When working with a lens like the Mamiya 45 f2.8, the applicable amount of tilt is very limited because of how close the DSLR is from the front standard. Typically only +/- 5 degrees in tilt is possible. Down looking tilt of the rear standard (very rarely used for landscape) is almost impossible (2.5 degrees only).
Since there is of course no coupling between the lens and the body, you'll need to stop down the lens manually before shooting. Pretty usual stuff for LF shooters, though easy to forget when you shoot with a DSLR.
There is a need to focus MF lenses near infinity to be able to focus the whole thing at all, at least for wide lenses like the Mamiya 45 f2.8. Since the distance between the prism of the D2x and the front standard is only 2-3 mm when focused at infinity, it is better to adjust focus using the lens focusing ring instead of using standards movement. Indeed, it is very easy to move by mistake the rear standard too close to the front one, therefore causing the prism of the DSLR to touch the front standard. This would induce an unwanted slight tilt... This might in fact only happen when applying an upward shift to the rear standard... go figure why some of your flat stitched images are suddenly blurred... It took me a while to figure out myself.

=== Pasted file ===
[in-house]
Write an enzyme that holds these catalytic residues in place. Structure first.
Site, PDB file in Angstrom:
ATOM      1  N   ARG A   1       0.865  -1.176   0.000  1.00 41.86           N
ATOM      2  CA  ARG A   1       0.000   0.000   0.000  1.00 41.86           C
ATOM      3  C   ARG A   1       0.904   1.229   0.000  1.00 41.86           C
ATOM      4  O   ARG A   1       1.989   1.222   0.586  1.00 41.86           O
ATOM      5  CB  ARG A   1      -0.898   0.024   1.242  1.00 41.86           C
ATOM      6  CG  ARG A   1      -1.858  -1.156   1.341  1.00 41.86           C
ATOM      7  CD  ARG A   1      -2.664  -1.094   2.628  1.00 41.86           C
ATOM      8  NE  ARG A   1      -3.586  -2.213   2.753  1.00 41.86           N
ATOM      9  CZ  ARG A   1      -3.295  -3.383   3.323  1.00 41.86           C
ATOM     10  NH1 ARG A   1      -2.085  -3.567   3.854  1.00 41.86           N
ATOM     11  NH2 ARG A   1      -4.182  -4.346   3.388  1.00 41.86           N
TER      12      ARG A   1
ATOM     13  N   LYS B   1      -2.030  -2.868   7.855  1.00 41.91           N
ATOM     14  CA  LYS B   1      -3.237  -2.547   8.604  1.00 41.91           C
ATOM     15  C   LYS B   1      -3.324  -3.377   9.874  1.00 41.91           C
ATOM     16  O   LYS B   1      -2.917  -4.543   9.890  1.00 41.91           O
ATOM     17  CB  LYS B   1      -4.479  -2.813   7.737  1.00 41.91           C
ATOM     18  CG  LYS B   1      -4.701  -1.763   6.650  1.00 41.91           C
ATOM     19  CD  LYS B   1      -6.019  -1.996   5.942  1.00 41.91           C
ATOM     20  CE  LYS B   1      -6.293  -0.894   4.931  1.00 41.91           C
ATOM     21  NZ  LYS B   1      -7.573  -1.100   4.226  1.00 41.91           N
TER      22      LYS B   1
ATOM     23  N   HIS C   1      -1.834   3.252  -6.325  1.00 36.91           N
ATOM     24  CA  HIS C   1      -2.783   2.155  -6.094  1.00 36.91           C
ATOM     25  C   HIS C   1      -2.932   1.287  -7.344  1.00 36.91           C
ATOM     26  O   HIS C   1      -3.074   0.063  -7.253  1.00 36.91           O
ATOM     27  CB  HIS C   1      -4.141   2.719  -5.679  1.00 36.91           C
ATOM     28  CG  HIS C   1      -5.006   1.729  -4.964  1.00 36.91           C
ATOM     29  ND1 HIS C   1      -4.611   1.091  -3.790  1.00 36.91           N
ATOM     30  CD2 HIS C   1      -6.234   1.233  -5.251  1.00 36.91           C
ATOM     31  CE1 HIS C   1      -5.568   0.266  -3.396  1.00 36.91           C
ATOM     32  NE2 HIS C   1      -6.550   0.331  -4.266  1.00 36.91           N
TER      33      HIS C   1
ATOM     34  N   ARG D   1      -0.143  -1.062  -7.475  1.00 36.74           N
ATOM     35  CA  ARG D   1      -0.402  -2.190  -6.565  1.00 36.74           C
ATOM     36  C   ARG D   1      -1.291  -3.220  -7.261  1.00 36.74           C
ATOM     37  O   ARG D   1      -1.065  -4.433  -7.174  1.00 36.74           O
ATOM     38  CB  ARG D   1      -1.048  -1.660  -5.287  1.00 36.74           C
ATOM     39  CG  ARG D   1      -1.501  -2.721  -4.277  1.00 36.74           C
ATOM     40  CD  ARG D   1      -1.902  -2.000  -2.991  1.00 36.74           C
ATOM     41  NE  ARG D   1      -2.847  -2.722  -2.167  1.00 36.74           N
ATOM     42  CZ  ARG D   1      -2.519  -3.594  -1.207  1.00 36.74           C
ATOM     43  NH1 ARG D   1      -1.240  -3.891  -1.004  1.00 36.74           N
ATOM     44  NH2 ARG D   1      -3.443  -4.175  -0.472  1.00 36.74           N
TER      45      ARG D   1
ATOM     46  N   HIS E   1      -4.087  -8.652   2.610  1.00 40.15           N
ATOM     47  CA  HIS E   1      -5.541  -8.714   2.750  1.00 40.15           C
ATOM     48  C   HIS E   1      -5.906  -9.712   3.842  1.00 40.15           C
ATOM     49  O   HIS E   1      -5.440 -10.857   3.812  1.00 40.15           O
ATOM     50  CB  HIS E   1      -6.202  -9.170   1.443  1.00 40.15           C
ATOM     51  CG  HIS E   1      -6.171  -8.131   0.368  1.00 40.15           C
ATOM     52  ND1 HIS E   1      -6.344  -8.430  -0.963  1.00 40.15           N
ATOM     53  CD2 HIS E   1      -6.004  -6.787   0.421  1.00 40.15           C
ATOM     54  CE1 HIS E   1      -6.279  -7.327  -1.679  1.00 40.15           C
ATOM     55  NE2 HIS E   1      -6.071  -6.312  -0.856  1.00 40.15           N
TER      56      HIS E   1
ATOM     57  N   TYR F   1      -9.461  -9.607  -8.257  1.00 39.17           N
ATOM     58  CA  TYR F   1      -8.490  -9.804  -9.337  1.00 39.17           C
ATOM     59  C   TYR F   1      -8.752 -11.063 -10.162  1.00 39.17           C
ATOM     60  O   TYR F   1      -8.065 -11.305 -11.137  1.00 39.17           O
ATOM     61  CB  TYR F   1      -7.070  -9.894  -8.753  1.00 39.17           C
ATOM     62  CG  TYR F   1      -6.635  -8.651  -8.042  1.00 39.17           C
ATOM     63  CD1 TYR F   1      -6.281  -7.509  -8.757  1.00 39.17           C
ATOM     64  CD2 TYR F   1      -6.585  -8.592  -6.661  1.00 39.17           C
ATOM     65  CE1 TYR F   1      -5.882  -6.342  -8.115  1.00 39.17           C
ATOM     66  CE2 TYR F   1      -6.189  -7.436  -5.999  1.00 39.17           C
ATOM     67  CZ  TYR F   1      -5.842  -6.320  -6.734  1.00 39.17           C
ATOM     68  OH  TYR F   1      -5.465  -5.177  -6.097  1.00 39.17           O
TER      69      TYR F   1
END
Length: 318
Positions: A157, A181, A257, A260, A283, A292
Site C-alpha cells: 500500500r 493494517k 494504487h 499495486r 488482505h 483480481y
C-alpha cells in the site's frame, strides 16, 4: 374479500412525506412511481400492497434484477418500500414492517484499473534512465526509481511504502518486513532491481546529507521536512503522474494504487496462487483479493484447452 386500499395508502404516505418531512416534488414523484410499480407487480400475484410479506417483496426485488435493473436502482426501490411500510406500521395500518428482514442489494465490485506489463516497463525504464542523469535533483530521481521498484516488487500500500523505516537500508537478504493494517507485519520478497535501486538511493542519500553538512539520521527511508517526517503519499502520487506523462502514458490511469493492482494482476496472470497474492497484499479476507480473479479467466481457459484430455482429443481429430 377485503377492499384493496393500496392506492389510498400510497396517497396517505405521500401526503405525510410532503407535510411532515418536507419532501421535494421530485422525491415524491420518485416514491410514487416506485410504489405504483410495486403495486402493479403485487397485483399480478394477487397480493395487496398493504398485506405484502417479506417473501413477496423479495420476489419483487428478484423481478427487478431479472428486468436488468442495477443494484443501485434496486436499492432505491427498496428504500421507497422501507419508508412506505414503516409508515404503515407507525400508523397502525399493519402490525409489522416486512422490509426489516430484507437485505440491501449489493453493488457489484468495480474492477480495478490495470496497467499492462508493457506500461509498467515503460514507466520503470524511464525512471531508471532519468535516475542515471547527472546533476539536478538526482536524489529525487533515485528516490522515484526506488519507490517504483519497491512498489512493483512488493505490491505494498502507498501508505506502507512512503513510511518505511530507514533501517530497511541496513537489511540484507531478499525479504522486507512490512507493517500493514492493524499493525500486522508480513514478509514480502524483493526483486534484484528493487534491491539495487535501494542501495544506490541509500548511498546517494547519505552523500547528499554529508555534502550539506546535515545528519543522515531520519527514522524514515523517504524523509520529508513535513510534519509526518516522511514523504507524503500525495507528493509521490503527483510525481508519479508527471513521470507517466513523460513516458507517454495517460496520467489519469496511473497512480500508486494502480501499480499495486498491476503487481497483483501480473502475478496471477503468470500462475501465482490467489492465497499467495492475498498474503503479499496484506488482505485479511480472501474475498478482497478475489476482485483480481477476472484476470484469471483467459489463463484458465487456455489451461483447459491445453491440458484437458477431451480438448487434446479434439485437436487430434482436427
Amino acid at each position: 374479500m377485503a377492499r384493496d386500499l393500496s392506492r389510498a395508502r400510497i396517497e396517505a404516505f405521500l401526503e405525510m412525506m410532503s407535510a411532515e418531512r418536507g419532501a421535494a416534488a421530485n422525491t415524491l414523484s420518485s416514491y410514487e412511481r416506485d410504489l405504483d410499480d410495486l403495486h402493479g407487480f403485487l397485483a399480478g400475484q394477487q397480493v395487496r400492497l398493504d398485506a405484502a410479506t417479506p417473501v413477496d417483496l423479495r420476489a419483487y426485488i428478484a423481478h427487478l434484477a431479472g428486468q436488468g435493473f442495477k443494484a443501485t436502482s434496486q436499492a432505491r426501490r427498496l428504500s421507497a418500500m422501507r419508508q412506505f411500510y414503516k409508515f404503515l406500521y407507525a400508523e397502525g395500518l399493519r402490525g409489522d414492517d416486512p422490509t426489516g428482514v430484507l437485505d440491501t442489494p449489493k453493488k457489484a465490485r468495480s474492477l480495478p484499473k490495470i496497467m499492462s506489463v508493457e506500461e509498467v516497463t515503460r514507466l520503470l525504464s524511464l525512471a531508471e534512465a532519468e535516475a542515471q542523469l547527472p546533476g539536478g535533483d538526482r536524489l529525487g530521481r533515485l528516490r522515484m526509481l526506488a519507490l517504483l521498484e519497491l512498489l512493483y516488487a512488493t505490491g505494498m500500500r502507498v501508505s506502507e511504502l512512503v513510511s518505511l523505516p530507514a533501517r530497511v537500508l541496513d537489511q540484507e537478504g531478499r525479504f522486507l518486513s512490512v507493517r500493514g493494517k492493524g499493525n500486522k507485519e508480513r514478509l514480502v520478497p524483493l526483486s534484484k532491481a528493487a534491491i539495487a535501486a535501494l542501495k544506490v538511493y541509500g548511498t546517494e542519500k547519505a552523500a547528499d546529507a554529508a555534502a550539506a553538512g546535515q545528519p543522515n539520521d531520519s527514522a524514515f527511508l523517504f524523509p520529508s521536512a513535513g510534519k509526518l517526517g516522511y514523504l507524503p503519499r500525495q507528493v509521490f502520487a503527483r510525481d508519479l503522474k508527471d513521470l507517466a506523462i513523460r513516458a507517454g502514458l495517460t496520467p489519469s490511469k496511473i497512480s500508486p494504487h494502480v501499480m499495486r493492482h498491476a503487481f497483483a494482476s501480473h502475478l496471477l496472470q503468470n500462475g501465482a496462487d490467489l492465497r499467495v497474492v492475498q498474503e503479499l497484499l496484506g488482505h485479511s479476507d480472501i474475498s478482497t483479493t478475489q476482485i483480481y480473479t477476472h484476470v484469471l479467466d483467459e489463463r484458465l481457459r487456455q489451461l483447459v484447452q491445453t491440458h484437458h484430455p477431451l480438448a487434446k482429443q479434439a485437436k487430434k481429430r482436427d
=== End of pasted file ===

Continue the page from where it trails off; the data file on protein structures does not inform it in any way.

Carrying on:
It is difficult to use the D2x in portrait mode because of interference between the support bracket of the LD, and the cable release connector. Not a problem if you don't use a cable release (but that is kind of mandatory I feel).
Test Set Up
LF camera: Horseman LD with F mount adapter.
Lenses used: Mamiya 45 f2.8 for 645, and Schneider 110 mm XL 5.6 for LF.
Body used: Nikon D2x.
Software used: RSP Premium 1.02 for RAW conversions, PTgui 5.8 for spherical stitching and Realviz Stitcher 5.1 for flat stitching.
Achieving critical focus proved to be easier than I had anticipated. At least, the results appear sharp enough when the lens is stopped down to f11-f16.
I got interesting results with lateral shift. The subject isn't too exciting,
but this little river located next to my home was
convenient to take 15 kgs of gear to. With the Mamiya 45 f/2.8: up to
+/- 20 mm and vertical shift up to +/- 10 mm (perhaps even a bit more) could be achieved.SPACEThis results in a perfect stitch that is about 10.000 pixels wide by 4500 high from 10 landscape images. These 10 images can be taken very quickly, I would say in 10 * (exposure time + 2 sec). There must be some light fall off towards the corners of the scene, but I didn't notice any with my test subject.
The image shown in Fig. 8 was shot from RAW frames that were converted with RSP Premium 1.02 with no sharpening or detail extraction, but application of a slight curve and color vibrance. The stitch was made with Stitcher 5.1 (normal sharpen). It should be noted that a .5 degrees lateral back shift was applied to improve DoF.
Fig. 7: Stitched image
Fig. 8A: 100% crops image left part
Fig. 8B: 100% crops image central part
Fig. 8C: 100% crops image right part